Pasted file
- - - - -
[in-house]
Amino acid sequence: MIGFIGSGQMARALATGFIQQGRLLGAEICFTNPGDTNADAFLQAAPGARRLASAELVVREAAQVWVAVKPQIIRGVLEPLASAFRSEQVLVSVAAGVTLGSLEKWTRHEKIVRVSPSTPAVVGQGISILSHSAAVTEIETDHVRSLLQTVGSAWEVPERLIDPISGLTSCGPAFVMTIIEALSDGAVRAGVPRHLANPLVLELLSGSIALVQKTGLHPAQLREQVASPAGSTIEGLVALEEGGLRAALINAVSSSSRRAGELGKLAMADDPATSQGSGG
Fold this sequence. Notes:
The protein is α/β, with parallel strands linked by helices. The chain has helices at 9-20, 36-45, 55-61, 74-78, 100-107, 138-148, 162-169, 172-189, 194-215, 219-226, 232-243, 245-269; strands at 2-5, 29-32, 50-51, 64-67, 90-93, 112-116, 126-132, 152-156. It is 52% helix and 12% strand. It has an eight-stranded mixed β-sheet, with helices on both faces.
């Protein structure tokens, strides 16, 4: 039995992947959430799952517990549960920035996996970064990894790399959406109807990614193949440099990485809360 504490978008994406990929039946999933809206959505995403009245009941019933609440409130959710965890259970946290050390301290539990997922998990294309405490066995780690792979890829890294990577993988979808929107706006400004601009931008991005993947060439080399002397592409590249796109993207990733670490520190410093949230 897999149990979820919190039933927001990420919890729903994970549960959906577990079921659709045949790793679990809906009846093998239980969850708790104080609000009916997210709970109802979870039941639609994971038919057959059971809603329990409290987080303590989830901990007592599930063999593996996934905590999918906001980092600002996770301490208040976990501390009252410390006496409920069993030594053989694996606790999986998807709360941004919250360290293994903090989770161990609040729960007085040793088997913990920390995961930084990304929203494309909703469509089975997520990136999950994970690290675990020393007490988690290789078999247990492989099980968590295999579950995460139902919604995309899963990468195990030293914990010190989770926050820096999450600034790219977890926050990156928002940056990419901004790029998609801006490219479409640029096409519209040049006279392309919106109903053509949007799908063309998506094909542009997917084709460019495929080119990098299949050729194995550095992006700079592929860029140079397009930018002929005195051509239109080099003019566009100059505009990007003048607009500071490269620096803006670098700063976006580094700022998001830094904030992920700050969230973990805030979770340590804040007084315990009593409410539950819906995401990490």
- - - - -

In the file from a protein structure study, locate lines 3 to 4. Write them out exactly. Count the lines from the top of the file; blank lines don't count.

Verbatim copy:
Fold this sequence. Notes:
The protein is α/β, with parallel strands linked by helices. The chain has helices at 9-20, 36-45, 55-61, 74-78, 100-107, 138-148, 162-169, 172-189, 194-215, 219-226, 232-243, 245-269; strands at 2-5, 29-32, 50-51, 64-67, 90-93, 112-116, 126-132, 152-156. It is 52% helix and 12% strand. It has an eight-stranded mixed β-sheet, with helices on both faces.